$ vagrant up
Bringing machine 'default' up with 'virtualbox' provider...
==> default: Booting VM...
==> default: Machine booted and ready!
==> default: Mounting shared folders...
    default: /vagrant => ~/projects/fizzbuzzer
...

# To access the VM, execute:
$ vagrant ssh
Welcome to Ubuntu 12.04 LTS (GNU/Linux 3.2.0-23-generic x86_64)
vagrant@precise64:~$

# Notice that vagrant has mounted your project directory as /vagrant
# This means that all your code/project files are available
# both inside and outside of the vm!
vagrant@precise64:~$ ls -l /vagrant/
-rw-r--r-- 1 vagrant vagrant 4626 Apr 23 08:41 Vagrantfile

# Stop the vm using, and up to start it again
$ vagrant halt
$ vagrant up

# Destroy the vm using:
$ vagrant destroy

If you run vagrant up now, it will build the vm from the base image again. This is awesome for saving space for projects that are put on the back burner. Vagrant images can be provisioned using chef, puppet or simple shell-scripts.

config.vm.provision :shell, :path => "vagrantbootstrap.sh"

Add the above line to Vagrantfile

#!/bin/bash
echo I am provisioning...
apt-get update
apt-get -y upgrade
apt-get -y install golang mongodb nginx
date > /etc/vagrant_provisioned_at

And the above to vagrantbootstrap.sh

If you now execute vagrant up, it will set up a ubuntu base box, install the latest upgrades, and then install golang, mongodb and nginx. Check Vagrantfile and the provisioning script into git with the project source code, and your entire team has a consistent development environment - awesome!

Vagrant provides a metric ton of possibilities and you can easily do things complex multi-machine setups with different networking scenarios, check out the manual for more information. Vagrant 1.6 will also add support for running Windows guests - pretty cool! Provisioning is done via WinRM, and you get easy access to desktop via $ vagrant rdp and synced folders also work.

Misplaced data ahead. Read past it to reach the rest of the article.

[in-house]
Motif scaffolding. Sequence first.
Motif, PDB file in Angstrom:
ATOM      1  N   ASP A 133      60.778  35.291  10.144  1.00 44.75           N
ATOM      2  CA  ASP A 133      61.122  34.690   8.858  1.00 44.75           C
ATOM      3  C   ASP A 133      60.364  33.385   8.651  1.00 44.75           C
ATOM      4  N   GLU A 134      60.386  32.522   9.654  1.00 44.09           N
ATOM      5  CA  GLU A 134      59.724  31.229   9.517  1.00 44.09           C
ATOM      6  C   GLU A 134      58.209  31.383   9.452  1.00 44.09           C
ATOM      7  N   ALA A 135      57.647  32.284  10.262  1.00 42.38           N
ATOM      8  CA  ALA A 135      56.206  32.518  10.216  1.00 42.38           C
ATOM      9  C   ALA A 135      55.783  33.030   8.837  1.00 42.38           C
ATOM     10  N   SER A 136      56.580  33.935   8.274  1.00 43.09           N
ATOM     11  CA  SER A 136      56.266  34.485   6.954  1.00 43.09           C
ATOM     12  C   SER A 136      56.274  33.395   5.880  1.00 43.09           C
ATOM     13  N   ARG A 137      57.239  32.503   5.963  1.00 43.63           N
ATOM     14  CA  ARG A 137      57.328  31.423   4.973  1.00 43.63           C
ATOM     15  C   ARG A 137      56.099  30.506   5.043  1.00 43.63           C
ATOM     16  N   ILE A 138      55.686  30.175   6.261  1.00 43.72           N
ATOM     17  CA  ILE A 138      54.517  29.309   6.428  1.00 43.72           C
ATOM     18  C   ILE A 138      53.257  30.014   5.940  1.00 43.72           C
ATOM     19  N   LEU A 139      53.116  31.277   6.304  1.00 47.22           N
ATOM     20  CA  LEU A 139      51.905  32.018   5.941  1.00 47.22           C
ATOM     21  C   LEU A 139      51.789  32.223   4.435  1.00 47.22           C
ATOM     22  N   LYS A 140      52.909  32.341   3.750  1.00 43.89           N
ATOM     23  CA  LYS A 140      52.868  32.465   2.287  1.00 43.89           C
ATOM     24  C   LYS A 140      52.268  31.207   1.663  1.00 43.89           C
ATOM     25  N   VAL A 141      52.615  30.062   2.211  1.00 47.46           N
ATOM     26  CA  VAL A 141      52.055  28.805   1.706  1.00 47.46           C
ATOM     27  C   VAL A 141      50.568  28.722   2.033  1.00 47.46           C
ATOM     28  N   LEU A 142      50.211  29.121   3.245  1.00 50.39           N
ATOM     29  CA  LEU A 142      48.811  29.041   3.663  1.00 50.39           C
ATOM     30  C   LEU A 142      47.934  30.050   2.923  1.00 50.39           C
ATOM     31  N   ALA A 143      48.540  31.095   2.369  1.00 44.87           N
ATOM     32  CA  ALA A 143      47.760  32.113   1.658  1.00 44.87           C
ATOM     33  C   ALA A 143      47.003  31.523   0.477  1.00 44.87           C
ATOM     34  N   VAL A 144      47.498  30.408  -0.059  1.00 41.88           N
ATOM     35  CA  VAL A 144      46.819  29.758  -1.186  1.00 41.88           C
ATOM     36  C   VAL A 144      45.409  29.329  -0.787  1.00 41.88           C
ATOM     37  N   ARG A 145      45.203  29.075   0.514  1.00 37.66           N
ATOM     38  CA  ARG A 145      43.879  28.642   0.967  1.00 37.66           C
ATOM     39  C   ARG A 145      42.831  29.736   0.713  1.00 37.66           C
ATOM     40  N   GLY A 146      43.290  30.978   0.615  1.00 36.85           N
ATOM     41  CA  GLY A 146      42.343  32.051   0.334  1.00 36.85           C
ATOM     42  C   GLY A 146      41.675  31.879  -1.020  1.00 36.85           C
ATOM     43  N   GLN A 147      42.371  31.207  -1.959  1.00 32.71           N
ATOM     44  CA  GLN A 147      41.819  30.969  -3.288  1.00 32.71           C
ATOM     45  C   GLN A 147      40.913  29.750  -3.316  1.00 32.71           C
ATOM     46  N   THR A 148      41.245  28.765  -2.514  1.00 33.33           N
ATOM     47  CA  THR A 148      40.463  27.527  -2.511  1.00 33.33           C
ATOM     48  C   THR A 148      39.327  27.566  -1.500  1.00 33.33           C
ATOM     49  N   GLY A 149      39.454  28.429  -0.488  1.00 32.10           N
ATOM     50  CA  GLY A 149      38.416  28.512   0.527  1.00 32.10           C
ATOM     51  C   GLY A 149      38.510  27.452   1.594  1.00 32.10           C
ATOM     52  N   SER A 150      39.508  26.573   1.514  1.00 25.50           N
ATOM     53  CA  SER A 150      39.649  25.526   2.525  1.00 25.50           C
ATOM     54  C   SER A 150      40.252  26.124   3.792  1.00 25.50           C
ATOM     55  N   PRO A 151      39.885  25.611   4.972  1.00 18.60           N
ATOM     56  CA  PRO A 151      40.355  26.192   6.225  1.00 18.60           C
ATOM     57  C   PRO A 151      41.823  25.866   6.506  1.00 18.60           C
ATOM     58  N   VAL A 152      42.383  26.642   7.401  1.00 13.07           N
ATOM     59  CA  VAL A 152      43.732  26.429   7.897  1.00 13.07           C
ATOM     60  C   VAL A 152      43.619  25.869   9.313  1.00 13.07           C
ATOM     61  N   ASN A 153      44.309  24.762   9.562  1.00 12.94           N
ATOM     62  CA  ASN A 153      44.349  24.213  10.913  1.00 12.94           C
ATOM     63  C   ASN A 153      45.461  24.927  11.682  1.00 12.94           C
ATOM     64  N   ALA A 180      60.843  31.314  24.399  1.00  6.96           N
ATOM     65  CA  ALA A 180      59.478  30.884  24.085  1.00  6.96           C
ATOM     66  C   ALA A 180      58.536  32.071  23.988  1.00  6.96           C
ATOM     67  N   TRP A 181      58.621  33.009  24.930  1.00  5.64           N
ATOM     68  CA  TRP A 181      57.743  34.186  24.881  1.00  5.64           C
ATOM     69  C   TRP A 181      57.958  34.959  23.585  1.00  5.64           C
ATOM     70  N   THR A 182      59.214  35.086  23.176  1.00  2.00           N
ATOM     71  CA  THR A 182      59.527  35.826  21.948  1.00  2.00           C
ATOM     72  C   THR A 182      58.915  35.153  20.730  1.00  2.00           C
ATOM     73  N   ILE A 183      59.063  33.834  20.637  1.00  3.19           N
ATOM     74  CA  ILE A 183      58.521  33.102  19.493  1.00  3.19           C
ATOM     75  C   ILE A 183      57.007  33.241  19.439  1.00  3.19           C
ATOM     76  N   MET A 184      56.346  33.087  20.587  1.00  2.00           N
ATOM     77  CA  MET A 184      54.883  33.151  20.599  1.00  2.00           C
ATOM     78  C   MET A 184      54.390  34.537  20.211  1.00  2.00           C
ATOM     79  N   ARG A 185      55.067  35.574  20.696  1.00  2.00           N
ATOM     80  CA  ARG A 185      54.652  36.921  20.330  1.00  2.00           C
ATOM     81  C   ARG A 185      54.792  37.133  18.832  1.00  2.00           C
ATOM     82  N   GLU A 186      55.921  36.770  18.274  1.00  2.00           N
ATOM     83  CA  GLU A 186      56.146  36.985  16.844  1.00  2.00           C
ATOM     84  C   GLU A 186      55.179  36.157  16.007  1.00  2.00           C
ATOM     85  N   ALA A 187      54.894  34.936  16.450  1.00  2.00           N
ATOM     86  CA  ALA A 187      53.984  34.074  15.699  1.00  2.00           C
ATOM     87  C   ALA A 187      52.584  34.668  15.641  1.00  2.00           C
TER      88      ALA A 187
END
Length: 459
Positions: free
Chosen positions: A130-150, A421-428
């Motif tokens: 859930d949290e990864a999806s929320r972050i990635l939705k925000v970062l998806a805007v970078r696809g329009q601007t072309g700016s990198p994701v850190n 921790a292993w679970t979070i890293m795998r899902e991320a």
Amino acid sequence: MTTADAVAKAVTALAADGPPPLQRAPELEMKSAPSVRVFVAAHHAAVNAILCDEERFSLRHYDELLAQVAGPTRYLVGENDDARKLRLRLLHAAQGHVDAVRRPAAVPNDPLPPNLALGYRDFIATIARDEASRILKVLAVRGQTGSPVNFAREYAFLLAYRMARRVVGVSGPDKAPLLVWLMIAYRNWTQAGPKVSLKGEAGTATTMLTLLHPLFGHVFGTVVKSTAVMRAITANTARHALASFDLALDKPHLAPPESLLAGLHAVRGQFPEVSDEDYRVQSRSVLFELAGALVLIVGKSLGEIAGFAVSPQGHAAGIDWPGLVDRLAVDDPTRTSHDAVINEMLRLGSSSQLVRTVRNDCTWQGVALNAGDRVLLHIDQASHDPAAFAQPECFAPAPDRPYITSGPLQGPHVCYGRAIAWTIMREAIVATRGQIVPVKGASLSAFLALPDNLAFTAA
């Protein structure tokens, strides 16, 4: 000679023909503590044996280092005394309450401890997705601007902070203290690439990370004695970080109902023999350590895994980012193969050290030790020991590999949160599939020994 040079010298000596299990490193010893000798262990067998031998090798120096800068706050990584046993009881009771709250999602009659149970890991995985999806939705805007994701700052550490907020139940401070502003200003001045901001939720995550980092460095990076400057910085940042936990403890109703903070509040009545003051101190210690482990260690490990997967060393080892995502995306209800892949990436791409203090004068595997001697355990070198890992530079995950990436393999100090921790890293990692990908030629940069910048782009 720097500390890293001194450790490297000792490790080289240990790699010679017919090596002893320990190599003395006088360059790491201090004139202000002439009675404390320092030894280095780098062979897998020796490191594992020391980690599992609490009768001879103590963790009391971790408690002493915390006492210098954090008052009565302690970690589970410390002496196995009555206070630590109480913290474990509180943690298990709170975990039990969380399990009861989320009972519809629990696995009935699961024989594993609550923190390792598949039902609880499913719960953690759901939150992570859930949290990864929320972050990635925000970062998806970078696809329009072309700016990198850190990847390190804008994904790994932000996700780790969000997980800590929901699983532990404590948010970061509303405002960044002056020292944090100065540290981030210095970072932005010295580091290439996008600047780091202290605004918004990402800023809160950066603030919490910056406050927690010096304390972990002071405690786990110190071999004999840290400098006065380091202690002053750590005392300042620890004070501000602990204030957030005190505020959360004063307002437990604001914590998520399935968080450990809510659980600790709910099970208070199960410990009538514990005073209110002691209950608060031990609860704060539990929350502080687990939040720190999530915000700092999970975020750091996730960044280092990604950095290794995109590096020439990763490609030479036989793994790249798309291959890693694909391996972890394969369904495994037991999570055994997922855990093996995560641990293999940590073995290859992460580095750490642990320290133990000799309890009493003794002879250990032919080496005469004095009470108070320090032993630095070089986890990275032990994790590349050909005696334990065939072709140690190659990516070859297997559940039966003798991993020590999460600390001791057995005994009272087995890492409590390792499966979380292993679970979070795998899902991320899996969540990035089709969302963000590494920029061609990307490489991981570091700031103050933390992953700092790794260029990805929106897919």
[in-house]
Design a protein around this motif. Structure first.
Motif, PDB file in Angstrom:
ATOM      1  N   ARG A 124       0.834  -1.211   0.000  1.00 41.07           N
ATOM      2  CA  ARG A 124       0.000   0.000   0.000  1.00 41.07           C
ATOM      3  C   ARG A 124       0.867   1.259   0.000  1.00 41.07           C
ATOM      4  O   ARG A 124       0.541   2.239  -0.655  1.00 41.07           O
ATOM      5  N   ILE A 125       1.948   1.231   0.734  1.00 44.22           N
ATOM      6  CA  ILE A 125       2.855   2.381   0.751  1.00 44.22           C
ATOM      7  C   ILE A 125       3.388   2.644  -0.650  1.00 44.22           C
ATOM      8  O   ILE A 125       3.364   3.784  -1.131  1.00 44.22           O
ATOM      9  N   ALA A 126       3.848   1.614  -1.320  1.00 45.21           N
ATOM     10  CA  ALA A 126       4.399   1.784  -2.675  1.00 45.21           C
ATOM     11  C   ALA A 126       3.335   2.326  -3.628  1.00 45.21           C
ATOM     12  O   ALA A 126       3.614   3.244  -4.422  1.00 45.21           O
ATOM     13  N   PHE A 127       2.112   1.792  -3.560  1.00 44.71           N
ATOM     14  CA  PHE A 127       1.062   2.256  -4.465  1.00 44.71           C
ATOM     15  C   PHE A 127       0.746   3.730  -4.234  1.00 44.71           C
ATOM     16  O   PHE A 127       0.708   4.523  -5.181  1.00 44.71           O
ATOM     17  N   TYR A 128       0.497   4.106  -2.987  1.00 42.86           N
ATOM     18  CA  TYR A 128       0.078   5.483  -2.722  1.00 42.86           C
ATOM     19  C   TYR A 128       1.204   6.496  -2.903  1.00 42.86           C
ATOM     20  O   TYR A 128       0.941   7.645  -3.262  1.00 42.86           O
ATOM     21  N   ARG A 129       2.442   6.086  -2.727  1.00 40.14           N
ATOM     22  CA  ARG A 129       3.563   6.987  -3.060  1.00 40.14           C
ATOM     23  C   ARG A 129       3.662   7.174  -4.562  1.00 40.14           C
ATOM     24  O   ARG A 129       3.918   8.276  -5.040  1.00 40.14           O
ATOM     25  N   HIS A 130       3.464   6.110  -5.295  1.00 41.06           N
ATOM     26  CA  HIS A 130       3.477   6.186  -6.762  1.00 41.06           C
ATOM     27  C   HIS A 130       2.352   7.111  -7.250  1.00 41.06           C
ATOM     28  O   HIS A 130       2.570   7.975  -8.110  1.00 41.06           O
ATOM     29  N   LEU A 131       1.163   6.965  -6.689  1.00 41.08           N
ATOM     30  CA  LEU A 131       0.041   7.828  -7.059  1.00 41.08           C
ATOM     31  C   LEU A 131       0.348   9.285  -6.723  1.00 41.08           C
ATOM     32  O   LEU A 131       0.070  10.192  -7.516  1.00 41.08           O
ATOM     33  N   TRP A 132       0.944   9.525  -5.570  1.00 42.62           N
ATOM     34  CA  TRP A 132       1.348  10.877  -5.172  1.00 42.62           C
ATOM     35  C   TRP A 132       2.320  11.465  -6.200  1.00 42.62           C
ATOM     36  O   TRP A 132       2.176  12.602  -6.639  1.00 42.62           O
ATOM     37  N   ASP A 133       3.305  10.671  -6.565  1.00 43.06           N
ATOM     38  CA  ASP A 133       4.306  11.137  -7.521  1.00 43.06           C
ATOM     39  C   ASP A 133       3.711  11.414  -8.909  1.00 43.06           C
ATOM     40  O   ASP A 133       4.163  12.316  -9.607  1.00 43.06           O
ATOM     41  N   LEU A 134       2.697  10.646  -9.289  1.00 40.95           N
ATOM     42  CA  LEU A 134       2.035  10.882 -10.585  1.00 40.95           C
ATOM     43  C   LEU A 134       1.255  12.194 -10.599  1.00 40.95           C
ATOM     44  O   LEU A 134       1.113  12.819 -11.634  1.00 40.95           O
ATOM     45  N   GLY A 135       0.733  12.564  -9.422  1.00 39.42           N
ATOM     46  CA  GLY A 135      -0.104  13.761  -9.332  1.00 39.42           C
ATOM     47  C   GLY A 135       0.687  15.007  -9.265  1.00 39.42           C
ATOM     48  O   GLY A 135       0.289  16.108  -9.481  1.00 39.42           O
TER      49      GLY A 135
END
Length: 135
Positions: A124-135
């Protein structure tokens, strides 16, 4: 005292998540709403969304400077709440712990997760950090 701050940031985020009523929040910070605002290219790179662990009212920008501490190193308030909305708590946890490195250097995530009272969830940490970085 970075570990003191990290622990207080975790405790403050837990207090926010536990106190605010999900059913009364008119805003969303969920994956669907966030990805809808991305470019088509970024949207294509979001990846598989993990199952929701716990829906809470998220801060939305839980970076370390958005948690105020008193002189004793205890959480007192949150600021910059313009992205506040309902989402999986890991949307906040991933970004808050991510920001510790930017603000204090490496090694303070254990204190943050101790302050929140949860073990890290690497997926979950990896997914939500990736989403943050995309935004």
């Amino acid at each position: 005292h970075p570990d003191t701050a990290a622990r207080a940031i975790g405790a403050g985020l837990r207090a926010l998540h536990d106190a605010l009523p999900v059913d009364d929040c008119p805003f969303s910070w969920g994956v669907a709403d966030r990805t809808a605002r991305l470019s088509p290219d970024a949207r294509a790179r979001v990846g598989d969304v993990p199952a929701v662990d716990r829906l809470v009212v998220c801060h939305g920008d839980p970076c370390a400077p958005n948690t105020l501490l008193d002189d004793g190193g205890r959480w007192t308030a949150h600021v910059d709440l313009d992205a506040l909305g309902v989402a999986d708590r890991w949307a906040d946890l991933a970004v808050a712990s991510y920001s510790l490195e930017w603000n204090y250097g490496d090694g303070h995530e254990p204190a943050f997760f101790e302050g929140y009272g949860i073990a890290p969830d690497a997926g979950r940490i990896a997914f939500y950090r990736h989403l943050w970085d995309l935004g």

GNU parallel - most overlooked useful GNU-util?

This is a overlooked powerhouse that deserves to be used. You can think of it kinda like xargs on steroids. Everytime you do something with a shell for-loop, or hack something together with xargs, gnu parallel can probably do it better.

# Don't do this
for i in `cat ./file.txt`; do
    buzzfizz $i
done

# Do this instead
$ parallel -a file.txt buzzfizz

Doesn't that seem easier? But wait, you can do so much more..

# All combinations of two inputs
$ parallel echo ::: A B C ::: 1 2 3
C 1
C 2
B 3
B 2
B 1
A 3
A 2
A 1
C 3

# Map over two inputs
$ parallel --xapply echo ::: A B C ::: 1 2 3
B 2
A 1
C 3

# Resize images in parallel (8 jobs) using imagemagick
$ parallel -j 8 convert {} -resize 800x600 {.}_small.jpg ::: *.jpg

# Run (same) tasks on multiple machines via SSH
$ parallel --onall -S serverA,serverB ping -c 5 ::: vg.no db.no

# Distributed image resizing by transfering the files to multiple servers (A,B)
# run imagemagick and transfer back artifacts.
$ parallel -S A,B -j 2 --transfer --return {.}_small.jpg convert {} -resize 640x480 {.}_small.jpg ::: *.jpg